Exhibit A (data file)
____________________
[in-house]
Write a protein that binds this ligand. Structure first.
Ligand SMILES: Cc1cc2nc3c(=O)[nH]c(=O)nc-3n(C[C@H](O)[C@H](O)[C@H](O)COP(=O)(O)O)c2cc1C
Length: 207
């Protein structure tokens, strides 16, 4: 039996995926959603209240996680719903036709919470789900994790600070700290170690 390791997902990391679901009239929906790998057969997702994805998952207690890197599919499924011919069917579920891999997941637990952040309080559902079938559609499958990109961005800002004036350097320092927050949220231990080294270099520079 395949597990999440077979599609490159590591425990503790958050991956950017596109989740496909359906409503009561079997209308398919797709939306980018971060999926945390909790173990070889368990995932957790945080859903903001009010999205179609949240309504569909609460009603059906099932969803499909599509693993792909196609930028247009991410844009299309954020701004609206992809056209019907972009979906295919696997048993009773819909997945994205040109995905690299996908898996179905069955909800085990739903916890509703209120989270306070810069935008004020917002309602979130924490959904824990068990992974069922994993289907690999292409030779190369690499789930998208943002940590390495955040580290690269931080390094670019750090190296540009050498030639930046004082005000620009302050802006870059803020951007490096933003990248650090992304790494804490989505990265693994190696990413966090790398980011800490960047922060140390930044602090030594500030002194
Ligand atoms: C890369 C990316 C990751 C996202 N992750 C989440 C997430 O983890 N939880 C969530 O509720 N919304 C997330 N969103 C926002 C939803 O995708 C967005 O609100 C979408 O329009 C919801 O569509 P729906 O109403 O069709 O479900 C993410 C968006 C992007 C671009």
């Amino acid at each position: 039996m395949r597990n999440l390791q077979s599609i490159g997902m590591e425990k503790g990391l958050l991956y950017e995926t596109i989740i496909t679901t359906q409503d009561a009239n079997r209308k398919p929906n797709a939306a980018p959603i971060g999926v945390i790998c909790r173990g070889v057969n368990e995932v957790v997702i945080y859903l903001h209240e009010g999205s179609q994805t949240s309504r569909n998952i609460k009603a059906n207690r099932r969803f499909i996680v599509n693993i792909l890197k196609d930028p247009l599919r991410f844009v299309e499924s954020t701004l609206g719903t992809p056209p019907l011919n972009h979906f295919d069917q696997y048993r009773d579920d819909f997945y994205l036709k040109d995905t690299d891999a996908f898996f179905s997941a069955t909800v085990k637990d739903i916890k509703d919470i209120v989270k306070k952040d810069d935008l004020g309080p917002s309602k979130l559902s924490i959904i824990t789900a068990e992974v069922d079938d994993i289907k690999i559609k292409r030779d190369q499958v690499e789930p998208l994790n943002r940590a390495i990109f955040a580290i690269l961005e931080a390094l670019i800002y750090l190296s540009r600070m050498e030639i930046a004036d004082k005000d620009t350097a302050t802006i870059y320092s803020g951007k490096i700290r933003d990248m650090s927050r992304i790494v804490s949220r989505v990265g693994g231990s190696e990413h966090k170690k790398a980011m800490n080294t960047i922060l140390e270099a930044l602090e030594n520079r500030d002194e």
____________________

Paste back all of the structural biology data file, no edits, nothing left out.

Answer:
[in-house]
Write a protein that binds this ligand. Structure first.
Ligand SMILES: Cc1cc2nc3c(=O)[nH]c(=O)nc-3n(C[C@H](O)[C@H](O)[C@H](O)COP(=O)(O)O)c2cc1C
Length: 207
């Protein structure tokens, strides 16, 4: 039996995926959603209240996680719903036709919470789900994790600070700290170690 390791997902990391679901009239929906790998057969997702994805998952207690890197599919499924011919069917579920891999997941637990952040309080559902079938559609499958990109961005800002004036350097320092927050949220231990080294270099520079 395949597990999440077979599609490159590591425990503790958050991956950017596109989740496909359906409503009561079997209308398919797709939306980018971060999926945390909790173990070889368990995932957790945080859903903001009010999205179609949240309504569909609460009603059906099932969803499909599509693993792909196609930028247009991410844009299309954020701004609206992809056209019907972009979906295919696997048993009773819909997945994205040109995905690299996908898996179905069955909800085990739903916890509703209120989270306070810069935008004020917002309602979130924490959904824990068990992974069922994993289907690999292409030779190369690499789930998208943002940590390495955040580290690269931080390094670019750090190296540009050498030639930046004082005000620009302050802006870059803020951007490096933003990248650090992304790494804490989505990265693994190696990413966090790398980011800490960047922060140390930044602090030594500030002194
Ligand atoms: C890369 C990316 C990751 C996202 N992750 C989440 C997430 O983890 N939880 C969530 O509720 N919304 C997330 N969103 C926002 C939803 O995708 C967005 O609100 C979408 O329009 C919801 O569509 P729906 O109403 O069709 O479900 C993410 C968006 C992007 C671009």
């Amino acid at each position: 039996m395949r597990n999440l390791q077979s599609i490159g997902m590591e425990k503790g990391l958050l991956y950017e995926t596109i989740i496909t679901t359906q409503d009561a009239n079997r209308k398919p929906n797709a939306a980018p959603i971060g999926v945390i790998c909790r173990g070889v057969n368990e995932v957790v997702i945080y859903l903001h209240e009010g999205s179609q994805t949240s309504r569909n998952i609460k009603a059906n207690r099932r969803f499909i996680v599509n693993i792909l890197k196609d930028p247009l599919r991410f844009v299309e499924s954020t701004l609206g719903t992809p056209p019907l011919n972009h979906f295919d069917q696997y048993r009773d579920d819909f997945y994205l036709k040109d995905t690299d891999a996908f898996f179905s997941a069955t909800v085990k637990d739903i916890k509703d919470i209120v989270k306070k952040d810069d935008l004020g309080p917002s309602k979130l559902s924490i959904i824990t789900a068990e992974v069922d079938d994993i289907k690999i559609k292409r030779d190369q499958v690499e789930p998208l994790n943002r940590a390495i990109f955040a580290i690269l961005e931080a390094l670019i800002y750090l190296s540009r600070m050498e030639i930046a004036d004082k005000d620009t350097a302050t802006i870059y320092s803020g951007k490096i700290r933003d990248m650090s927050r992304i790494v804490s949220r989505v990265g693994g231990s190696e990413h966090k170690k790398a980011m800490n080294t960047i922060l140390e270099a930044l602090e030594n520079r500030d002194e």